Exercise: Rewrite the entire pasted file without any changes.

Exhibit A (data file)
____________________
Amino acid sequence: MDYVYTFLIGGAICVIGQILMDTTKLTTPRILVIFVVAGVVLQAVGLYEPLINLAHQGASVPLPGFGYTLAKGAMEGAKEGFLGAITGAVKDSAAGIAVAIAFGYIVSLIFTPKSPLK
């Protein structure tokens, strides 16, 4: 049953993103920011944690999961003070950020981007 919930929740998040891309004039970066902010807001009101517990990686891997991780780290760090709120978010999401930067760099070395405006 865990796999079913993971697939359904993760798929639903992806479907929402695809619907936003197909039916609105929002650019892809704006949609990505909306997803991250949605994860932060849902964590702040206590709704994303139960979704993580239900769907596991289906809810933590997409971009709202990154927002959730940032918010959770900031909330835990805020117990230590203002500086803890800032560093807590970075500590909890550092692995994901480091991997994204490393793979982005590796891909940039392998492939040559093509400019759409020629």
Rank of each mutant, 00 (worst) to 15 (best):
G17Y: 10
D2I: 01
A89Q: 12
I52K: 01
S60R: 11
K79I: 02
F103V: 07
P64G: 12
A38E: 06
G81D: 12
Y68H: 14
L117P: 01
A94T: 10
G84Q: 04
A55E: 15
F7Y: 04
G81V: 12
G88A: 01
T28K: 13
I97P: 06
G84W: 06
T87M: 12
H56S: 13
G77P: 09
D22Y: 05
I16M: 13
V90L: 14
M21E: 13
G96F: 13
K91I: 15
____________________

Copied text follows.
Amino acid sequence: MDYVYTFLIGGAICVIGQILMDTTKLTTPRILVIFVVAGVVLQAVGLYEPLINLAHQGASVPLPGFGYTLAKGAMEGAKEGFLGAITGAVKDSAAGIAVAIAFGYIVSLIFTPKSPLK
């Protein structure tokens, strides 16, 4: 049953993103920011944690999961003070950020981007 919930929740998040891309004039970066902010807001009101517990990686891997991780780290760090709120978010999401930067760099070395405006 865990796999079913993971697939359904993760798929639903992806479907929402695809619907936003197909039916609105929002650019892809704006949609990505909306997803991250949605994860932060849902964590702040206590709704994303139960979704993580239900769907596991289906809810933590997409971009709202990154927002959730940032918010959770900031909330835990805020117990230590203002500086803890800032560093807590970075500590909890550092692995994901480091991997994204490393793979982005590796891909940039392998492939040559093509400019759409020629």
Rank of each mutant, 00 (worst) to 15 (best):
G17Y: 10
D2I: 01
A89Q: 12
I52K: 01
S60R: 11
K79I: 02
F103V: 07
P64G: 12
A38E: 06
G81D: 12
Y68H: 14
L117P: 01
A94T: 10
G84Q: 04
A55E: 15
F7Y: 04
G81V: 12
G88A: 01
T28K: 13
I97P: 06
G84W: 06
T87M: 12
H56S: 13
G77P: 09
D22Y: 05
I16M: 13
V90L: 14
M21E: 13
G96F: 13
K91I: 15